Cookies on this website
We use cookies to ensure that we give you the best experience on our website. If you click 'Continue' we'll assume that you are happy to receive all cookies and you won't see this message again. Click 'Find out more' for information on how to change your cookie settings.

The University of Oxford's Professor Dame Sarah Gilbert has been named a Laureate of the 5th Sunhak Peace Prize for her efforts to protect global health during the COVID-19 pandemic.

Professor Gilbert delivers a speech at the Sunhak Peace Prize ceremony © Sunhak Peace Prize

She was honoured alongside other new Laureates during a ceremony in South Korea to mark the World Summit 2022 (Summit for Peace on the Korean Peninsula).

Saïd Professor of Vaccinology Sarah Gilbert told the ceremony said: ‘It is a very great honour to be selected to receive the Sunhak Peace Prize, and to follow on from the prestigious laureates who have received the award in previous years. We can achieve so much when we work together, each bringing our different strengths.

‘The work we did to produce the Oxford AstraZeneca vaccine was exhausting and overwhelming at times, but ultimately vital and rewarding. I hope that many young people will be inspired in their career choice by knowing about what we achieved, and that governments and international organisations will work together to ensure that next time we need to respond to a disease threat, we will be better prepared than we were in 2020.’

Read the full story on the University of Oxford website

Similar stories

Long COVID: vaccination could reduce symptoms, new research suggests

While evidence suggests that people who are vaccinated before they get COVID are less likely to develop long COVID than unvaccinated people, the effectiveness of vaccination on existing long COVID has been less clear.

Com-COV vaccine study to research third dose booster options for 12-to-15-year-olds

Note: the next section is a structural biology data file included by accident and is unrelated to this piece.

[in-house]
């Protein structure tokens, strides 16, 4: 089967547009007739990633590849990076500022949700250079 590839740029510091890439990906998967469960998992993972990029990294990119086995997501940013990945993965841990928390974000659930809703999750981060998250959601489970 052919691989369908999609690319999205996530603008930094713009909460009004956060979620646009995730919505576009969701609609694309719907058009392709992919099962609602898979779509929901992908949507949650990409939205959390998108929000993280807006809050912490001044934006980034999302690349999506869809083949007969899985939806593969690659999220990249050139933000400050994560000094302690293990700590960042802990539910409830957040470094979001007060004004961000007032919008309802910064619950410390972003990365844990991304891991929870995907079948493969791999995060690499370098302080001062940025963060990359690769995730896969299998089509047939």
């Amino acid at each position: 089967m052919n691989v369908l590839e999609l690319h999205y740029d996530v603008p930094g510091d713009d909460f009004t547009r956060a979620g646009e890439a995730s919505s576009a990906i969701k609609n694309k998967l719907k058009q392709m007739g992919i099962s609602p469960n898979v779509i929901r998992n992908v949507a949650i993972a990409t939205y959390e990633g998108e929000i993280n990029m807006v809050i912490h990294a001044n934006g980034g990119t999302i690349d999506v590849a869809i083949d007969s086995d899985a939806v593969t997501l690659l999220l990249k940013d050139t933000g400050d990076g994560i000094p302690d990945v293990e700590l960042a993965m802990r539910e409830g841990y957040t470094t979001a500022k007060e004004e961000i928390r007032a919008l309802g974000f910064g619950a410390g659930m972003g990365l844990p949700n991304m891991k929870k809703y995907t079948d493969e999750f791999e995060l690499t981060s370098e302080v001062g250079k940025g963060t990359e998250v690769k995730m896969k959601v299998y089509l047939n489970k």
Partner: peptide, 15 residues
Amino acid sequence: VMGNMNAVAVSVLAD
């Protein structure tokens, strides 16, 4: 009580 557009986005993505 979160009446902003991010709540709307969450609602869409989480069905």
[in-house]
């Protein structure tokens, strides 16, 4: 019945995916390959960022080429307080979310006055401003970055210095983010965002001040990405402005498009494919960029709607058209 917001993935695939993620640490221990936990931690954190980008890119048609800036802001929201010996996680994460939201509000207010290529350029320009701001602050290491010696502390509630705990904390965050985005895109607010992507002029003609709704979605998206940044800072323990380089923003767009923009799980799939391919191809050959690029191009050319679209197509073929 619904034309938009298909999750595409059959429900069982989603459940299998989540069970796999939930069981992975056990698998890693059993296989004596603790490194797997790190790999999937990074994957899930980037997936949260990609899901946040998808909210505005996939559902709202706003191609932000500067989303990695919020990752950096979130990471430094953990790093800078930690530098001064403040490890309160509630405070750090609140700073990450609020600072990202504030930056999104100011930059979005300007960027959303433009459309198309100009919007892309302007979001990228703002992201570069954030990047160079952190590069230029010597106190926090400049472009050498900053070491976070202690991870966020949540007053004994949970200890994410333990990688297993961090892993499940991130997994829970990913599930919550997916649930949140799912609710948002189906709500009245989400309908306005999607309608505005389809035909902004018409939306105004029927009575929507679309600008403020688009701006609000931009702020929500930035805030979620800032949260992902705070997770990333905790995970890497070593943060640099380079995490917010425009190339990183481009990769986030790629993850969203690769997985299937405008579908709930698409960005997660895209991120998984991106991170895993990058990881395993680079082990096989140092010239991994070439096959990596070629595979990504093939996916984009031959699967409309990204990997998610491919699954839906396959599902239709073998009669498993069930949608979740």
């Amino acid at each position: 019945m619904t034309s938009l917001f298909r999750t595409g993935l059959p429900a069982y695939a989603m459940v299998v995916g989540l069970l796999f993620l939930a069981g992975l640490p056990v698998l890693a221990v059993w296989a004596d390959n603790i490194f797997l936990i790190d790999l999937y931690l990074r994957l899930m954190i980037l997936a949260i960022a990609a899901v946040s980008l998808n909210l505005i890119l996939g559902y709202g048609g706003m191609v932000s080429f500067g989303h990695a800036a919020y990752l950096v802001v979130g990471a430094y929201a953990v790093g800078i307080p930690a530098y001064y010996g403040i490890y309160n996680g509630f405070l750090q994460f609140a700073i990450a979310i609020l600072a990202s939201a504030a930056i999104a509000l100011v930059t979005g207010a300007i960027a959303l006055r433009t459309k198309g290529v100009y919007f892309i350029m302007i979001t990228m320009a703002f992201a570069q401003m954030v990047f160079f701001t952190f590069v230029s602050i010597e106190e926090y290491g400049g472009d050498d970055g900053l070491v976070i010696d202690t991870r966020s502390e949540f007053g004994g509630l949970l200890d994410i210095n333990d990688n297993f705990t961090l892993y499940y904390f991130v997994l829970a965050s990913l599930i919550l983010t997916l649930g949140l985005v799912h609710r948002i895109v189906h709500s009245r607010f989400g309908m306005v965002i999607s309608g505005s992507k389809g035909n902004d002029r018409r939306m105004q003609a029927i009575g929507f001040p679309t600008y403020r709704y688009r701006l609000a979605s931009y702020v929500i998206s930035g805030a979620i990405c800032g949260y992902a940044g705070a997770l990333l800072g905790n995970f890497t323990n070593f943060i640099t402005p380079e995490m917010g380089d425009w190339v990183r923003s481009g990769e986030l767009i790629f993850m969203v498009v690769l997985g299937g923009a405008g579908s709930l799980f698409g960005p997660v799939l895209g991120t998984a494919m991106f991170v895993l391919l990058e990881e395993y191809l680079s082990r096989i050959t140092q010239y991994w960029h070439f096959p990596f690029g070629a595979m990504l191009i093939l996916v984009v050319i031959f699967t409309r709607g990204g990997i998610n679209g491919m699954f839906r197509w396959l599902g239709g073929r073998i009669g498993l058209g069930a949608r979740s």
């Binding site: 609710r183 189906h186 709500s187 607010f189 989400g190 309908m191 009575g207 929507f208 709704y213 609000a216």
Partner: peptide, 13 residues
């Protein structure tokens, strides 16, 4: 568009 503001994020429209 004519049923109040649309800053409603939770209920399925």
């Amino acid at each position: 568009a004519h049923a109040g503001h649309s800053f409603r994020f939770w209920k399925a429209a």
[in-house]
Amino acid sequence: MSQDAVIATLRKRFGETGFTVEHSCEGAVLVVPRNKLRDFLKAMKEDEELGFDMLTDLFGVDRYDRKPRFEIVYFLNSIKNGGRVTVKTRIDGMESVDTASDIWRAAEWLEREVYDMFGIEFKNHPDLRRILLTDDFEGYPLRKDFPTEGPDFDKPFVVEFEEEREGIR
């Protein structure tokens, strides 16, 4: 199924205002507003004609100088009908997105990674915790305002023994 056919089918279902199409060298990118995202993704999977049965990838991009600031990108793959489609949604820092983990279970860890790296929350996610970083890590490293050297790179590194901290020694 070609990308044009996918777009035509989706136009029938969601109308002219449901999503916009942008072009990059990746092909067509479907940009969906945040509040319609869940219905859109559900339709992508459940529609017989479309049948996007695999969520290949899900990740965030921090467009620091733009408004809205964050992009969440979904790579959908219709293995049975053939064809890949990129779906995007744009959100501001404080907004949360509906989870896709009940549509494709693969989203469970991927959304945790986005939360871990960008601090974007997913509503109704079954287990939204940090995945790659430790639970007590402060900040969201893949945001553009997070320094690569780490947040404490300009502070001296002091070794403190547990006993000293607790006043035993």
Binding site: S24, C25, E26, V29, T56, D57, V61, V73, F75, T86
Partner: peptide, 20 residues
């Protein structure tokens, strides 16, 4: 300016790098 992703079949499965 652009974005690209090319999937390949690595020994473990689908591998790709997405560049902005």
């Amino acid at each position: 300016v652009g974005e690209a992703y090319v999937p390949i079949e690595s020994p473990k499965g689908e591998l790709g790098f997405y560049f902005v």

Researchers running the University of Oxford-led Com-COV programme have launched a further study of COVID-19 vaccination schedules in young people aged 12 to 15 – with a focus on assessing different options for a third dose booster vaccination.

Population-scale study highlights ongoing risk of COVID-19 in some cancer patients despite vaccination

COVID-19 vaccination is effective in most cancer patients, but the level of protection against COVID-19 infection, hospitalisation and death offered by the vaccine is less than in the general population and vaccine effectiveness wanes more quickly.

New reporting guidelines developed to improve AI in healthcare settings

New reporting guidelines, jointly published in Nature Medicine and the BMJ by Oxford researchers, will ensure that early studies on using Artificial Intelligence (AI) to treat real patients will give researchers the information needed to develop AI systems safely and effectively.

Major boost for Oxford’s mission to counter future pandemic threats

The Moh Family Foundation has given a substantial gift to support the work of Oxford University’s Pandemic Sciences Institute, greatly strengthening its ability to identify and counter future pandemic threats and ensure equitable access to treatments and vaccines around the world.